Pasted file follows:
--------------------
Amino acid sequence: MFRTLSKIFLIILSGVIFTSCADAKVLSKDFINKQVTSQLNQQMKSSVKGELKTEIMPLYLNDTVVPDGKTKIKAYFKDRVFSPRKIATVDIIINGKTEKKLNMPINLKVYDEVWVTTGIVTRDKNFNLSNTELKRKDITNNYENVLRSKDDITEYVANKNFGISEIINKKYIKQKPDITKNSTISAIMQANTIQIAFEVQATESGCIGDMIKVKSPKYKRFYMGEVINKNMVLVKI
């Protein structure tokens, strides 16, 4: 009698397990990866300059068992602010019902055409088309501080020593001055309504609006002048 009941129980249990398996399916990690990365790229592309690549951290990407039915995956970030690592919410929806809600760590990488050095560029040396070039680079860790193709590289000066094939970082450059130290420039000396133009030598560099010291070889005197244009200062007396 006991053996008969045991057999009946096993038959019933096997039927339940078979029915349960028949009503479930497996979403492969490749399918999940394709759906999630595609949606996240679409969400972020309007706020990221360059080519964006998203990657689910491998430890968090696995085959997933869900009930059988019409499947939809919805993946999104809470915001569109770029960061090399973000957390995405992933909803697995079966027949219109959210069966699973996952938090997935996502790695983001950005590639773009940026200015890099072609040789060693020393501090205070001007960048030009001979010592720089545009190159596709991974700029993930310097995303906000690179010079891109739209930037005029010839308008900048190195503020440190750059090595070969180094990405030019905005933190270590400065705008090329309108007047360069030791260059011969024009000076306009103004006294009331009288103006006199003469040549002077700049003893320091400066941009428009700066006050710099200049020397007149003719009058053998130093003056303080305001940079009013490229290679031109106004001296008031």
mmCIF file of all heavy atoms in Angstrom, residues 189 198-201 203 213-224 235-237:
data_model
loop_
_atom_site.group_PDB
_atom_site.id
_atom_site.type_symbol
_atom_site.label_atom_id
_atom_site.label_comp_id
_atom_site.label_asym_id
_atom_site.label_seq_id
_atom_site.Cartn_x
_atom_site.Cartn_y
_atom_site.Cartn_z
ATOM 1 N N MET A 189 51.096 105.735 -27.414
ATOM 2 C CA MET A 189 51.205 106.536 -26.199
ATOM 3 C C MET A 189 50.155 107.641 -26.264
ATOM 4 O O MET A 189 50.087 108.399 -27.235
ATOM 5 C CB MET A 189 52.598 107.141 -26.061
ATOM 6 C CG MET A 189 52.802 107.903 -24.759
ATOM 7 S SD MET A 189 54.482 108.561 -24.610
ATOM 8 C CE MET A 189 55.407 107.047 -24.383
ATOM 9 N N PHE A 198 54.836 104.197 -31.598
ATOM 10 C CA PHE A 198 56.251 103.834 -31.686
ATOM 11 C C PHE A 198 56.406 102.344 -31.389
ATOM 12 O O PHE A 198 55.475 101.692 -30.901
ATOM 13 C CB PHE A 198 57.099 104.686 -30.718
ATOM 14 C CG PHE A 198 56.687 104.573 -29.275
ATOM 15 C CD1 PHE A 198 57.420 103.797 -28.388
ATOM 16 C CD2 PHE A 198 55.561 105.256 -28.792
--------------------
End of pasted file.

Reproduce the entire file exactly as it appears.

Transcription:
Amino acid sequence: MFRTLSKIFLIILSGVIFTSCADAKVLSKDFINKQVTSQLNQQMKSSVKGELKTEIMPLYLNDTVVPDGKTKIKAYFKDRVFSPRKIATVDIIINGKTEKKLNMPINLKVYDEVWVTTGIVTRDKNFNLSNTELKRKDITNNYENVLRSKDDITEYVANKNFGISEIINKKYIKQKPDITKNSTISAIMQANTIQIAFEVQATESGCIGDMIKVKSPKYKRFYMGEVINKNMVLVKI
């Protein structure tokens, strides 16, 4: 009698397990990866300059068992602010019902055409088309501080020593001055309504609006002048 009941129980249990398996399916990690990365790229592309690549951290990407039915995956970030690592919410929806809600760590990488050095560029040396070039680079860790193709590289000066094939970082450059130290420039000396133009030598560099010291070889005197244009200062007396 006991053996008969045991057999009946096993038959019933096997039927339940078979029915349960028949009503479930497996979403492969490749399918999940394709759906999630595609949606996240679409969400972020309007706020990221360059080519964006998203990657689910491998430890968090696995085959997933869900009930059988019409499947939809919805993946999104809470915001569109770029960061090399973000957390995405992933909803697995079966027949219109959210069966699973996952938090997935996502790695983001950005590639773009940026200015890099072609040789060693020393501090205070001007960048030009001979010592720089545009190159596709991974700029993930310097995303906000690179010079891109739209930037005029010839308008900048190195503020440190750059090595070969180094990405030019905005933190270590400065705008090329309108007047360069030791260059011969024009000076306009103004006294009331009288103006006199003469040549002077700049003893320091400066941009428009700066006050710099200049020397007149003719009058053998130093003056303080305001940079009013490229290679031109106004001296008031």
mmCIF file of all heavy atoms in Angstrom, residues 189 198-201 203 213-224 235-237:
data_model
loop_
_atom_site.group_PDB
_atom_site.id
_atom_site.type_symbol
_atom_site.label_atom_id
_atom_site.label_comp_id
_atom_site.label_asym_id
_atom_site.label_seq_id
_atom_site.Cartn_x
_atom_site.Cartn_y
_atom_site.Cartn_z
ATOM 1 N N MET A 189 51.096 105.735 -27.414
ATOM 2 C CA MET A 189 51.205 106.536 -26.199
ATOM 3 C C MET A 189 50.155 107.641 -26.264
ATOM 4 O O MET A 189 50.087 108.399 -27.235
ATOM 5 C CB MET A 189 52.598 107.141 -26.061
ATOM 6 C CG MET A 189 52.802 107.903 -24.759
ATOM 7 S SD MET A 189 54.482 108.561 -24.610
ATOM 8 C CE MET A 189 55.407 107.047 -24.383
ATOM 9 N N PHE A 198 54.836 104.197 -31.598
ATOM 10 C CA PHE A 198 56.251 103.834 -31.686
ATOM 11 C C PHE A 198 56.406 102.344 -31.389
ATOM 12 O O PHE A 198 55.475 101.692 -30.901
ATOM 13 C CB PHE A 198 57.099 104.686 -30.718
ATOM 14 C CG PHE A 198 56.687 104.573 -29.275
ATOM 15 C CD1 PHE A 198 57.420 103.797 -28.388
ATOM 16 C CD2 PHE A 198 55.561 105.256 -28.792